Down in the D.R.


The season in Naples has been hectic for the hubby and I. “Season” is the time of year when SWFL comes alive. “Snowbirds” as we call seasonal residents who live up North in the summer time and relocate to SWFL for the winter season are here in full force, this typically means all the stores are full, the restaurants have hours of wait times, all the fundraising events for local charities are packed into these few months (actually all major events it seems) and the traffic is horrendous.

So, with valentines day weekend and both the hubby and I having a couple of days of in a row we decided to high tail it out for a few days. The deal is… he book, I pack. So I never really know where we are going to end up until its time to pack and so two days before we left I found out… we are going to the Dominican Republic.  We will spend two days in Santo Domingo and two days in Punta Cana. I’ve gotten lots of reviews from people once I told them we were going to the D.R.

Santo Domingo –

Tripadvisor says: “Santo Domingo, the capital of the Dominican Republic and a UNESCO world heritage site, is the oldest continuously inhabited European settlement in the Americas and one of the most populous cities in the Caribbean. The city is a mix of old world charm and modern Latin flair…”

The first thing I noticed once we got the rental car and was heading to the hotel is: There are seemingly NO TRAFFIC LAWS in Santo Domingo. NOONE obeys stop signs, stop lights, turning lanes… NONE OF IT!!!! Even when there are officers standing in the middle of the road directly traffic, people were still driving/riding however they wanted to.  A two lane road could easily be a four lane road just because of the driving and the motorcycles… lawd the motorcycles. They literally come seemingly out of nowhere and go anywhere there is a space. Thankfully, unlike most of the other islands we visited where they drive on the other side of the road as we do in the U.S. , in the D.R. it’s the same as here because I couldn’t imagine trying to navigate traffic and still remember to do that.

Another thing we noticed was how easily the neighborhoods changed. You could be driving in what seems like a pretty nice clean upscale neighborhood and one turn and the landscape changes drastically.  I wondered if there was any garbage pick up schedule and or dumpsites/landfills in Santo Domingo because of the sheer amount of garbage you see on some streets.


That being said our stay in Santo Domingo was pleasant.  The locals were friendly as we navigate conversations without speaking the same language and the areas of interests where very interesting.  Our first stop on Valentines day after my morning workout and breakfast (tried Mangu for the first time, the native dish of boiled and mashed green plantains with red onions) was the Kah Kow Chocolate Factory. What best way to get valentines chocolate than to make your own?  It was fun and informative watching the process and then making my own bar. We then set out to explore the city.  Lot’s of tour guides offer to give us walking tours but since I’d already researched it (good old Pinterest) we decided to navigate it on our own.  It was interesting and colorful.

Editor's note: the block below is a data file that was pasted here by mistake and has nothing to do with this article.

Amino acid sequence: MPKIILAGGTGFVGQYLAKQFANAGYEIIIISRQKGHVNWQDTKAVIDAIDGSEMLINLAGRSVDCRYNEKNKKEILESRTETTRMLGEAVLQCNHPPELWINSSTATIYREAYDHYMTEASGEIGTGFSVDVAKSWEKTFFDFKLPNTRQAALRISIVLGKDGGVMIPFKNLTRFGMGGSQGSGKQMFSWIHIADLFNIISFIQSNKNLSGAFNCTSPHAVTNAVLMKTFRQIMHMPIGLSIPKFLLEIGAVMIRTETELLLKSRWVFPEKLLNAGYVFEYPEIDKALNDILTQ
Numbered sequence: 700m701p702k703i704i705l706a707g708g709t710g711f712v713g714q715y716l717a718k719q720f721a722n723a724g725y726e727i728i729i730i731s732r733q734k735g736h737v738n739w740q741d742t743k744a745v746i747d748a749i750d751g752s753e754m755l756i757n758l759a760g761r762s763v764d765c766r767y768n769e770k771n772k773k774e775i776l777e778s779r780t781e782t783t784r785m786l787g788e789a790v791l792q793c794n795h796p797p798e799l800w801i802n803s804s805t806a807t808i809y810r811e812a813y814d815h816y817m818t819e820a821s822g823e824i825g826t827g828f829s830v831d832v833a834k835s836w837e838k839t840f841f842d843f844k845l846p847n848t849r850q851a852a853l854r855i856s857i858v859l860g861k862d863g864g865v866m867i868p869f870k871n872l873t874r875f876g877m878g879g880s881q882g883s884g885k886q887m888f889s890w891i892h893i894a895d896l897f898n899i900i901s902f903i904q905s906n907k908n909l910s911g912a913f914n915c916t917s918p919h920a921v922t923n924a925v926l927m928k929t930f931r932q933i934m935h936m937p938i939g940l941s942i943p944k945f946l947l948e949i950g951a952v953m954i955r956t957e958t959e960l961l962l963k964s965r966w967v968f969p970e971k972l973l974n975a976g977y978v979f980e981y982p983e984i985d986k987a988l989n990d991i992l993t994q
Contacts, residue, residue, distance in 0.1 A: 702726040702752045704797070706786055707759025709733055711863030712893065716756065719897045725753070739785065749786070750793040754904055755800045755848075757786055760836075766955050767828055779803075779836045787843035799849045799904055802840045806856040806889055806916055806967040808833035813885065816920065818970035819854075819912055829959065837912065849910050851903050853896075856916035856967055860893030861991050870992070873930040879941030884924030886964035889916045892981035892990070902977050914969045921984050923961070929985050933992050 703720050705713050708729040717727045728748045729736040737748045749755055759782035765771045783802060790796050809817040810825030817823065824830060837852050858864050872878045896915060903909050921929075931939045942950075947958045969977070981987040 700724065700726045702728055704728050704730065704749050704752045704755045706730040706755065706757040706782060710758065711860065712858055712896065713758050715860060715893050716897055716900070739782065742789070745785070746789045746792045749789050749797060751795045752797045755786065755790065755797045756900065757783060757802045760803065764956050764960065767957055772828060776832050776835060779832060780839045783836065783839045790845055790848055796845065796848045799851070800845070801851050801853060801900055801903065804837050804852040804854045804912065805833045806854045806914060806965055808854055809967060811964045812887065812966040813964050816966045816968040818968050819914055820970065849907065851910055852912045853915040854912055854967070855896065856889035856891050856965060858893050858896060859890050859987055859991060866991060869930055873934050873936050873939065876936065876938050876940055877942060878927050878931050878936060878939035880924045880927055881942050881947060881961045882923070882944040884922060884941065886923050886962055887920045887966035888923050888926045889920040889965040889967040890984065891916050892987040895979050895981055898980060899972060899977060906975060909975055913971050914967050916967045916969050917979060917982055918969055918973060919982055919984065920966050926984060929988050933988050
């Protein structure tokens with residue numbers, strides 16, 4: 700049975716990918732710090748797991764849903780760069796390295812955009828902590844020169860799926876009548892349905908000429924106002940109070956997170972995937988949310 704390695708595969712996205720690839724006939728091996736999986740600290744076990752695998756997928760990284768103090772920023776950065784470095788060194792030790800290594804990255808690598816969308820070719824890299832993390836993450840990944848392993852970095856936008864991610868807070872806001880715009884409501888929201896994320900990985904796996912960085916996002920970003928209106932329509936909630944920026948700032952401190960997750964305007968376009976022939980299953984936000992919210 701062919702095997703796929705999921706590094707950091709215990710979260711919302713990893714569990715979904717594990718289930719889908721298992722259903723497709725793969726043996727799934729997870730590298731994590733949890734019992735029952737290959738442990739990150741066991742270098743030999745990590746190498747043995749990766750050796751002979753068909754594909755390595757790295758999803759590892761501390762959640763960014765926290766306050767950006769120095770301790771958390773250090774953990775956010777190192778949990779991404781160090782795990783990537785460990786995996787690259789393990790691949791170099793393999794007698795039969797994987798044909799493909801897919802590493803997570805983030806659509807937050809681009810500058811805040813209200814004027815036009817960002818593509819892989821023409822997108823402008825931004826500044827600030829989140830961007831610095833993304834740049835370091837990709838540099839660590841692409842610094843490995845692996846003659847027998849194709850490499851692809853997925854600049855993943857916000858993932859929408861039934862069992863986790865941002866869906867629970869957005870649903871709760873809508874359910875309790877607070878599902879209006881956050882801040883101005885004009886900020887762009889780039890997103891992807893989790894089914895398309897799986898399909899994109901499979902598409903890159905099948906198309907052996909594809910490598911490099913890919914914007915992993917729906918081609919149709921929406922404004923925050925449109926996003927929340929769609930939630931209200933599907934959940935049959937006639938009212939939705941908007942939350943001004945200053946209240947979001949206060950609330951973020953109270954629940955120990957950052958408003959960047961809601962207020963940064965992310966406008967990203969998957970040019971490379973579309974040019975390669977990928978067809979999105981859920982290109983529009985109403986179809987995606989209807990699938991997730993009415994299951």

Later that night we went to the Malecon district (near the water) where it seems like everyone gathers to hang out, eat, socialize etc.  It was very interesting as there were a group of people dressed in white gorilla costumes (left over from carnival maybe) just literally jumping out into traffic and dancing in front of the cars.


In the midst of all this our rental car stalled and had to be pushed to the side of the road. Calling the roadside assistance and trying to navigate that phone call without speaking the language was interesting and after a 2 hour wait (thankfully in the Malecon district and not on some lonely side street) the roadside assistance came… on a motorcycle! Trying to explain to him that it was not the battery but some kind of overheating did not go well and once the car started (probably because it sat so long it was not longer heated) he gave us the thumbs up and we are on our way in this overheating car.  A few miles up the road after trying roadside assistance again and again and the rental car company we just stopped and had dinner and let the car cool down again and then thankfully made it to the hotel safely… we will deal with this tomorrow.

The next morning, we got a new car and headed to Punta Cana.

punta cana

Punta Cana – while only a two hour drive from Santo Domingo is a world away in lifestyle. Punta Cana is not even a real place. No seriously… its a whole made up town for rich people to go on vacation.

“Punta Cana is a resort town within the Punta Cana-Bávaro-Veron-Macao municipal district, in the municipality of Higüey, in La Altagracia Province, the easternmost province of the Dominican Republic. The area has beaches and balnearios which face both the Caribbean Sea and the Atlantic Ocean, and it is a tourist destination” wiki

Houses range from $10M to $50M U.S.D and none of the beaches are accessible unless you are staying at a resort or paying to visit the beach. But the beaches… what a beautiful sight. Reminded me so much of Cancun. The whitest sands and the bluest waters with the perfect breeze. I did nothing else in Punta Cana than layout on the beach and it was altogether wonderful.

One night and back to Santo Domingo to catch our flight back home.





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